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PublisherOnCurating.org2021
Extreme exposes art and curating cultivated through unique modes of production and creation in the margins of the globe, reflecting a dynamic developed through ongoing colonial realities. The issue is a compendium of partial, situated knowledges, originating from the four corners of the globe that, when combined, create a pluriverse of visions and a hopefully a momentary community that sustains contradictions inherent in the joining of a variety of vantage points. The issue deals with such pertinent issues such as: the colonization of knowledge as a driving force that abandons experimental and open-ended forms of knowledge; cross-cultural collaboration between non-binary identities ...
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PublisherThe Funambulist2020
The Idle No More Indigenous Movement Jaskiran Dhillon is a first-generation anti-colonial scholar and organizer who grew up on Treaty Six Cree Territory in Saskatchewan, Canada. Committed to the tenets of public intellectualism, Jaskiran’s scholarship is informed by on-the-ground advocacy and direct action. Her work has been published in The Guardian, Cultural Anthropology, Truthout, Public Seminar, Feminist Formations, Environment and Society, Social Texts, and Decolonization among other venues. Her first book, Prairie Rising: Indigenous Youth, Decolonization, and the Politics of Intervention (2017), provides a critical, ethnographic account of state interventions in the lives of urban Indigenous youth. Her new research ...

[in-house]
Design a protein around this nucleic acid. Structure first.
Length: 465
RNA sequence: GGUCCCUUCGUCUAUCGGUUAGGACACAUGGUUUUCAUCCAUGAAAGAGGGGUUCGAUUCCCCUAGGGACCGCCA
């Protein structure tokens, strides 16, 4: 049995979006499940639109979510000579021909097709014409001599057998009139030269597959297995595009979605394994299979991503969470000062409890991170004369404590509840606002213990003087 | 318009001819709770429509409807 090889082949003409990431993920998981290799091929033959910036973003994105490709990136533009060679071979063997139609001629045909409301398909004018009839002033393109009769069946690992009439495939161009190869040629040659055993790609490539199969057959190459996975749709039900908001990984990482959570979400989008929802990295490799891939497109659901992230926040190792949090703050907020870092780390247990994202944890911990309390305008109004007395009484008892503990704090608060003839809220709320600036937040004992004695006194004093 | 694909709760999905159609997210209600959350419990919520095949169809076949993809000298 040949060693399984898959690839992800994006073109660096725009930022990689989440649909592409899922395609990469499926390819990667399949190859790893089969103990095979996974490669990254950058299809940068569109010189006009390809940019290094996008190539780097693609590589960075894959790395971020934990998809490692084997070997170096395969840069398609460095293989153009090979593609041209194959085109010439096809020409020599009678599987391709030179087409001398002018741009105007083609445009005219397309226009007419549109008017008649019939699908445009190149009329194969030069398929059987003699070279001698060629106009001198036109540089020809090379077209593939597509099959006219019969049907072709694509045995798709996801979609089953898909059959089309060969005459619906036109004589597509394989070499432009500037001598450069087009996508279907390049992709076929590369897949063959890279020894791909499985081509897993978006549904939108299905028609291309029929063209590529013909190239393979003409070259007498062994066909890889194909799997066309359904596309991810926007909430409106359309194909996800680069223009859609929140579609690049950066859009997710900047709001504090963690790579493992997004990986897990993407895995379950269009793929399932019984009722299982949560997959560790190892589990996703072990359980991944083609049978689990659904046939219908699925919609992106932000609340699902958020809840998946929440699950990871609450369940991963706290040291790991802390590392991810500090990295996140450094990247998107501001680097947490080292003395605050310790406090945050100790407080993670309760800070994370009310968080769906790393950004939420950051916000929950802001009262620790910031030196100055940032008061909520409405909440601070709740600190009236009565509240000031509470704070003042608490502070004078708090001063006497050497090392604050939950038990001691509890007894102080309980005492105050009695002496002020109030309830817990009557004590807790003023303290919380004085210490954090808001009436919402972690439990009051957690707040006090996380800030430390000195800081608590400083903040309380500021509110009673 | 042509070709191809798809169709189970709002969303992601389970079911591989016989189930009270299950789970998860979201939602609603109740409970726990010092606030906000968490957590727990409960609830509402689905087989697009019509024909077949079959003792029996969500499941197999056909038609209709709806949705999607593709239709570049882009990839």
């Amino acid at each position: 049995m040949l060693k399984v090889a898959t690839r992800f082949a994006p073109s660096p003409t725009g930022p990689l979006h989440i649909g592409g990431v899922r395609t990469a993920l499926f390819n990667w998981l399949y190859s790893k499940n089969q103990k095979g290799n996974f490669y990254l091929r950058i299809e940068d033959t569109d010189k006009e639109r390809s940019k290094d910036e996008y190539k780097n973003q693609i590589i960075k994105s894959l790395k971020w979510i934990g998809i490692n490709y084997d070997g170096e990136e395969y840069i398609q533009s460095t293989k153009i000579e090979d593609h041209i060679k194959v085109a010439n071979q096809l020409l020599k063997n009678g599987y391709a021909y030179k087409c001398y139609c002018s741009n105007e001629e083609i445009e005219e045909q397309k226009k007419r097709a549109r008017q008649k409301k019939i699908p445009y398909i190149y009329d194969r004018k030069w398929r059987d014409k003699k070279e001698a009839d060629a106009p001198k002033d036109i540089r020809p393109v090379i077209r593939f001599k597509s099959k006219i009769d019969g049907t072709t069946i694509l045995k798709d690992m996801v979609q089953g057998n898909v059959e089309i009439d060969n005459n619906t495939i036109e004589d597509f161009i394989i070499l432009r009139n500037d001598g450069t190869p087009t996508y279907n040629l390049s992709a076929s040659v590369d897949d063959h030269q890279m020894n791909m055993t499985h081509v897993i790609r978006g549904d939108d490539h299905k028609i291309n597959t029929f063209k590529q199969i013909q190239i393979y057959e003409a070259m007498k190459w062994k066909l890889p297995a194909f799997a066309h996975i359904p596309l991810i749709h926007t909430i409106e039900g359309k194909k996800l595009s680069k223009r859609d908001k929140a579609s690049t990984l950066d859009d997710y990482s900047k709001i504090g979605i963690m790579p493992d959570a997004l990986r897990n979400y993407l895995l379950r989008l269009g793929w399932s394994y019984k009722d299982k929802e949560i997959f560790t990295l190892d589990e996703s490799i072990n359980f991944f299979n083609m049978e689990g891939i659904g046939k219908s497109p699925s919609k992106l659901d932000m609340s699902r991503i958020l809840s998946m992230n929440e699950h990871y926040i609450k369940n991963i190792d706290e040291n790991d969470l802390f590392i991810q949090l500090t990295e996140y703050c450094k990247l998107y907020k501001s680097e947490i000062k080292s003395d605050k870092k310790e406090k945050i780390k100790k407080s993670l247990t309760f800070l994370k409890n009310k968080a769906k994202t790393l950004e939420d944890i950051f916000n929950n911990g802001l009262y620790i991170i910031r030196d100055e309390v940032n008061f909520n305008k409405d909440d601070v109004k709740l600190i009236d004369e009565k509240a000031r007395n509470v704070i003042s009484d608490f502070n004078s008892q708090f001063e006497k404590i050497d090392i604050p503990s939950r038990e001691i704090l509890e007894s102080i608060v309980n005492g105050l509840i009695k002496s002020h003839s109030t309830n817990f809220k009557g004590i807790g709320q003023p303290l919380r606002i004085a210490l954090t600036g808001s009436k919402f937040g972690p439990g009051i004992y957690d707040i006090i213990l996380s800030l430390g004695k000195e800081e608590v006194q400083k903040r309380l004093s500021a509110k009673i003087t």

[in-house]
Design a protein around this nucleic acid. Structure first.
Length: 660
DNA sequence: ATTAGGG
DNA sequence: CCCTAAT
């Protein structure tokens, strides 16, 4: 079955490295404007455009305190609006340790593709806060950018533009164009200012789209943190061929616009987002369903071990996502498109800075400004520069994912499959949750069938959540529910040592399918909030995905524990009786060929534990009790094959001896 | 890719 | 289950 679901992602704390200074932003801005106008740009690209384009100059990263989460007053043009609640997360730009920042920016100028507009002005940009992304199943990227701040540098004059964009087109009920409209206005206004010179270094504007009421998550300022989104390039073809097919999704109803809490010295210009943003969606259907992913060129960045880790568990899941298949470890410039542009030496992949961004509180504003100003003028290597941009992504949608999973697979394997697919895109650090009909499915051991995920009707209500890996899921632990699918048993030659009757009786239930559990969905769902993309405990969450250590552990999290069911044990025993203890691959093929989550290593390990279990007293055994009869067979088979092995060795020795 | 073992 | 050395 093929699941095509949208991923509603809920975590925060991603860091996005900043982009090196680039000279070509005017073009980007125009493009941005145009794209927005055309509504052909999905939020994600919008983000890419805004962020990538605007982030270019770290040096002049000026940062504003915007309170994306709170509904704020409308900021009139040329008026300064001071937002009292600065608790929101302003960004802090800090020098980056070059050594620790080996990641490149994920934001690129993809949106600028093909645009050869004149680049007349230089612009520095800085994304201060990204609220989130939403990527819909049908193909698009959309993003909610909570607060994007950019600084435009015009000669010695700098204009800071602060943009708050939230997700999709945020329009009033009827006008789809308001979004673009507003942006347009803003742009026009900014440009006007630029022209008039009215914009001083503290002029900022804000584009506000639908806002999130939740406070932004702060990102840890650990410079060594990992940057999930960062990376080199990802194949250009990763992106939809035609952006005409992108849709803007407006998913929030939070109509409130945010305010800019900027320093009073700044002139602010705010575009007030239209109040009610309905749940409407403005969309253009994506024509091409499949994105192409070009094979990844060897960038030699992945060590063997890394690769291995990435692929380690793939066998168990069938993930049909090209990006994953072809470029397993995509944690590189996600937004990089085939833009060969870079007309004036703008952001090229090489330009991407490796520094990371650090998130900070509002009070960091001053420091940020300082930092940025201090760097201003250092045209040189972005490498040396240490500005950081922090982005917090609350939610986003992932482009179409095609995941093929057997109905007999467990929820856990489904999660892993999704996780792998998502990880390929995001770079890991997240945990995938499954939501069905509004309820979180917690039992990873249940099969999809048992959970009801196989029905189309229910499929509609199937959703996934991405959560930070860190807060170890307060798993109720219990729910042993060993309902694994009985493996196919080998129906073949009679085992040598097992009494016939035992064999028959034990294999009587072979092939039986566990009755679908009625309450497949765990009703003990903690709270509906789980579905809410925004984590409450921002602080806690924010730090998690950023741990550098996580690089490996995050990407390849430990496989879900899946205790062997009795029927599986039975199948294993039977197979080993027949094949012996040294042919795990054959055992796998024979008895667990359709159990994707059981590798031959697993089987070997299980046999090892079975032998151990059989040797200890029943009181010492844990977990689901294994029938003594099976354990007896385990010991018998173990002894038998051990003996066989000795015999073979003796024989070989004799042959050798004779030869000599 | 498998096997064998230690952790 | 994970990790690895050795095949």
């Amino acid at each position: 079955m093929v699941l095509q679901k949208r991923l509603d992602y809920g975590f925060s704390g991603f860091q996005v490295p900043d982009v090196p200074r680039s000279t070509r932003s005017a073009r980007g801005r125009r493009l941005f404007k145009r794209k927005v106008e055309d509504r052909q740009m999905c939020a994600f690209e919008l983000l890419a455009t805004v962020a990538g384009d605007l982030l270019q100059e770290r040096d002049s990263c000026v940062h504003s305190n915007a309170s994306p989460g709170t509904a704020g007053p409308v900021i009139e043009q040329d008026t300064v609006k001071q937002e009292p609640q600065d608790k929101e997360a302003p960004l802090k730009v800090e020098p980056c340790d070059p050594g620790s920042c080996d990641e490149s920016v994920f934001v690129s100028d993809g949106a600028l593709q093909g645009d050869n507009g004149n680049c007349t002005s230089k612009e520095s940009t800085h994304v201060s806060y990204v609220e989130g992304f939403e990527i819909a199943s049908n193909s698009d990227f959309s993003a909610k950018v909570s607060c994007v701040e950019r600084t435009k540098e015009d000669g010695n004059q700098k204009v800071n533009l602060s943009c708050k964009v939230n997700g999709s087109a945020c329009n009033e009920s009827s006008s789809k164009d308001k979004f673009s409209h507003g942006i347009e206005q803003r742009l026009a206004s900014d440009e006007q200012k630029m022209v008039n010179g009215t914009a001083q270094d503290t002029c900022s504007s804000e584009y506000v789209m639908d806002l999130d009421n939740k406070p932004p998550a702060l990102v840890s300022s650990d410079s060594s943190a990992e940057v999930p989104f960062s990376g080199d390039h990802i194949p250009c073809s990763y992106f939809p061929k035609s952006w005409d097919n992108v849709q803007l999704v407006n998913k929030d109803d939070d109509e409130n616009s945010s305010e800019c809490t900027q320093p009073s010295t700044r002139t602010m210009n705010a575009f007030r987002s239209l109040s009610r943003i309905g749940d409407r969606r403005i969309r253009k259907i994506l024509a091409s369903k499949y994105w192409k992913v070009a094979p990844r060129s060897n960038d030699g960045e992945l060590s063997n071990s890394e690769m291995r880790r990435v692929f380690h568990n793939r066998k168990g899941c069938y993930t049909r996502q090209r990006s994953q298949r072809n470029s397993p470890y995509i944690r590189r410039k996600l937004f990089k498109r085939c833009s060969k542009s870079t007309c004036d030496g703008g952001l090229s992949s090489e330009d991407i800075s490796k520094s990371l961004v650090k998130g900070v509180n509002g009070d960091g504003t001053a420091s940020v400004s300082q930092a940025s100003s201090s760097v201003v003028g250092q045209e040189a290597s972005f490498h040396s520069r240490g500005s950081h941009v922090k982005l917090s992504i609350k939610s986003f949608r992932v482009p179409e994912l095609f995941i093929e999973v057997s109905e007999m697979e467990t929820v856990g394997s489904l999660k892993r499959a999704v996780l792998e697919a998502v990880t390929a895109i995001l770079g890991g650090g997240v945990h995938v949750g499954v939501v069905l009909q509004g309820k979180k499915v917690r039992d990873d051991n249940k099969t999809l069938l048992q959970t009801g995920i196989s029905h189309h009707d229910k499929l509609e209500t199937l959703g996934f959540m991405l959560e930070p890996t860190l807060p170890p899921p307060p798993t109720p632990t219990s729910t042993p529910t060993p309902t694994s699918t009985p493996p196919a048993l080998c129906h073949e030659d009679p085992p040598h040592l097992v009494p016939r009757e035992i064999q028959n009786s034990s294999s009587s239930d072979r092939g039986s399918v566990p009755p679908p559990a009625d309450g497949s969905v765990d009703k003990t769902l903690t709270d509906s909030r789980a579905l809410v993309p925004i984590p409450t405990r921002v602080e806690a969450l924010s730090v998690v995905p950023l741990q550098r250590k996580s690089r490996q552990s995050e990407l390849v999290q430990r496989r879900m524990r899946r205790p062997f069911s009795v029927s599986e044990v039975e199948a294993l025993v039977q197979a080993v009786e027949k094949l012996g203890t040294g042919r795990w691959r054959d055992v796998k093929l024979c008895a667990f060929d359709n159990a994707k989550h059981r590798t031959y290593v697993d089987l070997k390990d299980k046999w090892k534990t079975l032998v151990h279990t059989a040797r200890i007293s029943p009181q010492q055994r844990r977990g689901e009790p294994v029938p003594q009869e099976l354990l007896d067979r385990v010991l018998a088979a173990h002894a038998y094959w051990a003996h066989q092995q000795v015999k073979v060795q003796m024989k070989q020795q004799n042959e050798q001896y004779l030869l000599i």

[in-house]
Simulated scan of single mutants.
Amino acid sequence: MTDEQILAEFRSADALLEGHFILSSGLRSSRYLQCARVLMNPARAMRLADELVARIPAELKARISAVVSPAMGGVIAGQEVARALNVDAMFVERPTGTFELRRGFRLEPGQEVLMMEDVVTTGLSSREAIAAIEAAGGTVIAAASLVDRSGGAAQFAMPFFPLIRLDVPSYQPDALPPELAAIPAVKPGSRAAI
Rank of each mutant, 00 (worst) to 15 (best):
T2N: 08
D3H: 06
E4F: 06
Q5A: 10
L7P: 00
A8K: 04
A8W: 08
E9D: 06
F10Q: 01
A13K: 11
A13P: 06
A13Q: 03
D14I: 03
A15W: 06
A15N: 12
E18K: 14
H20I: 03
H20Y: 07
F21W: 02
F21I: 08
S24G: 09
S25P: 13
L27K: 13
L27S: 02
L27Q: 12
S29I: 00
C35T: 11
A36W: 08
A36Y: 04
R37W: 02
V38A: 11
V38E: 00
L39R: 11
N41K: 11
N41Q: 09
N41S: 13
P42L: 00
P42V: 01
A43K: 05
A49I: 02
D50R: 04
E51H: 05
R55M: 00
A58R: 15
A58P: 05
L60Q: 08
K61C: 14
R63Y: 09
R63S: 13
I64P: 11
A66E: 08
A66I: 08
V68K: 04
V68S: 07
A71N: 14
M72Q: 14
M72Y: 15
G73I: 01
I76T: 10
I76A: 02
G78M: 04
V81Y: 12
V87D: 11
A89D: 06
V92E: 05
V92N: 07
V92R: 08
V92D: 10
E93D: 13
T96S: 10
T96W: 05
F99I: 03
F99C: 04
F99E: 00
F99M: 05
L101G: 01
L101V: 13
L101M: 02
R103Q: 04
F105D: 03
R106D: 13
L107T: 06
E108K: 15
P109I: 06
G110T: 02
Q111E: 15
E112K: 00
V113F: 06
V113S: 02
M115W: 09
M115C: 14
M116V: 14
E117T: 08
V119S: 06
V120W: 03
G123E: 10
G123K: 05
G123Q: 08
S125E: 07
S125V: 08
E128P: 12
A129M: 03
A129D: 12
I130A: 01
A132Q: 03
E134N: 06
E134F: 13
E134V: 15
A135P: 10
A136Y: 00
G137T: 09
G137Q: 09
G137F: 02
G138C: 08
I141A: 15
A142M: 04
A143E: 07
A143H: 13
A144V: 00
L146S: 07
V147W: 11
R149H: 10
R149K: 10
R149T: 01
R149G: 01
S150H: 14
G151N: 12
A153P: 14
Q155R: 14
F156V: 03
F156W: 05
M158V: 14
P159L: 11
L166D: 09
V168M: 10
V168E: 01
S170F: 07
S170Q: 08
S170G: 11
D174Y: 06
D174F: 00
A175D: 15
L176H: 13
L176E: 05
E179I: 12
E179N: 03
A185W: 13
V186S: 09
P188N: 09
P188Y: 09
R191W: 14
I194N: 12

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PublisherThe Funambulist2020
Lakota Economy of Giving Kite aka Suzanne Kite is an Oglala Lakota performance artist, visual artist, composer, and a PhD candidate at Concordia University. She is currently a Research Assistant for the Initiative for Indigenous Futures and her research is concerned with contemporary Lakota philosophies through research-creation, computational media, and performance practice.
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The Áltá-Guovdageino Action (c. 1978–82) changed the course of Sami and Nordic history. This exhibition showcases the role of Sami artists in the action, and the solidarity of non-Sami counterparts. It also presents contemporary artistic positions, Sami and international, exploring the legacy of this Eco-Indigenous uprising today, at a time of growing global Indigenous power.